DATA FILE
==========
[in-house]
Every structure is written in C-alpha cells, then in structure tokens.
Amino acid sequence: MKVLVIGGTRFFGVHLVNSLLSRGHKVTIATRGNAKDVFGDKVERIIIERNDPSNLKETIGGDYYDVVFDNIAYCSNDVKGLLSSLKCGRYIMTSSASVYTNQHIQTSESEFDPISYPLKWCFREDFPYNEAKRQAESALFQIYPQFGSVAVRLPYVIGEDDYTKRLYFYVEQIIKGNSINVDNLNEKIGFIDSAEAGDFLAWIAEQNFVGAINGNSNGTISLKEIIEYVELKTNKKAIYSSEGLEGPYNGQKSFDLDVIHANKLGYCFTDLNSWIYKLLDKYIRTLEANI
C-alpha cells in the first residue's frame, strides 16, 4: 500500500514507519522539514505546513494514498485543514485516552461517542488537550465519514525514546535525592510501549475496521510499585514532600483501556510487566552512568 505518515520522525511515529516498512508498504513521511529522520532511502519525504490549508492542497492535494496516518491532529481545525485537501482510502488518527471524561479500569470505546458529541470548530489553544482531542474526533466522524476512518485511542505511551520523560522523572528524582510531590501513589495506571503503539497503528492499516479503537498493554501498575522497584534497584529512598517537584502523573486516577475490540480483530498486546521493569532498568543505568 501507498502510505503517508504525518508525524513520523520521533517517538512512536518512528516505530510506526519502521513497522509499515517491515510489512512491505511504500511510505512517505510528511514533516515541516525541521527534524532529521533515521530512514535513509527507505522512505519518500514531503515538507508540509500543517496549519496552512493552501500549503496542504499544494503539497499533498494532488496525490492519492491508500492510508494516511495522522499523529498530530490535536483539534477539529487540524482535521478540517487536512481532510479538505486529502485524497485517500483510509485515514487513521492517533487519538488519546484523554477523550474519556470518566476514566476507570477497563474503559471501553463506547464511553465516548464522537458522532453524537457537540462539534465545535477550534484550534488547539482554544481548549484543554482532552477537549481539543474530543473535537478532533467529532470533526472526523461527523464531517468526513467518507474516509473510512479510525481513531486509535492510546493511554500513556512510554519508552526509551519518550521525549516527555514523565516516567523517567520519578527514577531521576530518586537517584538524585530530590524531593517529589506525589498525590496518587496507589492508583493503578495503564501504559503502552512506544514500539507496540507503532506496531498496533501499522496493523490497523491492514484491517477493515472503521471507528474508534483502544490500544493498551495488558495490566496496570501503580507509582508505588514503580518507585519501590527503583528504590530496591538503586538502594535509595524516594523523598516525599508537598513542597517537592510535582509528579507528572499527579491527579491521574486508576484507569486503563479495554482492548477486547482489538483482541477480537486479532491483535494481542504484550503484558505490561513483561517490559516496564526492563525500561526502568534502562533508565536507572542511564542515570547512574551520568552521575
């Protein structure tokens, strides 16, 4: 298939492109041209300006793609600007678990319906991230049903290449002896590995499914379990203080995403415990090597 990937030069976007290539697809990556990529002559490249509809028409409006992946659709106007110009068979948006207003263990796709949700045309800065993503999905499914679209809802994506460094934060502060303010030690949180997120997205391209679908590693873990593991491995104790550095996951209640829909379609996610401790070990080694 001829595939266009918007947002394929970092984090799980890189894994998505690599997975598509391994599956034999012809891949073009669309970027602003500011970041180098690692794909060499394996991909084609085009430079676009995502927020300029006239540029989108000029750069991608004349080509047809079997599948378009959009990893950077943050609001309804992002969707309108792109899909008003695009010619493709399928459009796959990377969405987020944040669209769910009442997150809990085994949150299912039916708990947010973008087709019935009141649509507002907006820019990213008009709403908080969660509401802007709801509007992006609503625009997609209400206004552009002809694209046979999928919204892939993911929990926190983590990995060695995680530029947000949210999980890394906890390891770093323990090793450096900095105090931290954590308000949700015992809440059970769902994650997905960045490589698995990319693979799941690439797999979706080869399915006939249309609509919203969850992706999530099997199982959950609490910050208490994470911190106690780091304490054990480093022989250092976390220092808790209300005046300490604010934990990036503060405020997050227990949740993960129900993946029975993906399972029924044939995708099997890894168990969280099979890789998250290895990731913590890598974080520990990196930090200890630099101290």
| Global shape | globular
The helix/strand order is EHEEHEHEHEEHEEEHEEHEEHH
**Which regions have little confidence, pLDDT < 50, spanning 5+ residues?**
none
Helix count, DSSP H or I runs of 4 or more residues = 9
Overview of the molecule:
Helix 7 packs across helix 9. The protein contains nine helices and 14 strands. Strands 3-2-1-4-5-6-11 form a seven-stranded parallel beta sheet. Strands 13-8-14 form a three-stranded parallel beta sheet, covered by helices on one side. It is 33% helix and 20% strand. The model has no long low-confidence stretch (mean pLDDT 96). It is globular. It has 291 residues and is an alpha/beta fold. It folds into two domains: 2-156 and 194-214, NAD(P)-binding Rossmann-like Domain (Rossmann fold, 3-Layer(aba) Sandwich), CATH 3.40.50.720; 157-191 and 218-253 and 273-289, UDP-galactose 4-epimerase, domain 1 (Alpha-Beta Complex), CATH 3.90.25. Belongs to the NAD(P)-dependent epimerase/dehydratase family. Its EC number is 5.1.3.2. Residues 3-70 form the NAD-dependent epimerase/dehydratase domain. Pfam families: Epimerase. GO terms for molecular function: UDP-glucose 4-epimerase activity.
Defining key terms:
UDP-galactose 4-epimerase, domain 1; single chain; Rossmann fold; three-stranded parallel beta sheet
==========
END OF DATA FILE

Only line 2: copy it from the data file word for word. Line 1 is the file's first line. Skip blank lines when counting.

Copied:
Every structure is written in C-alpha cells, then in structure tokens.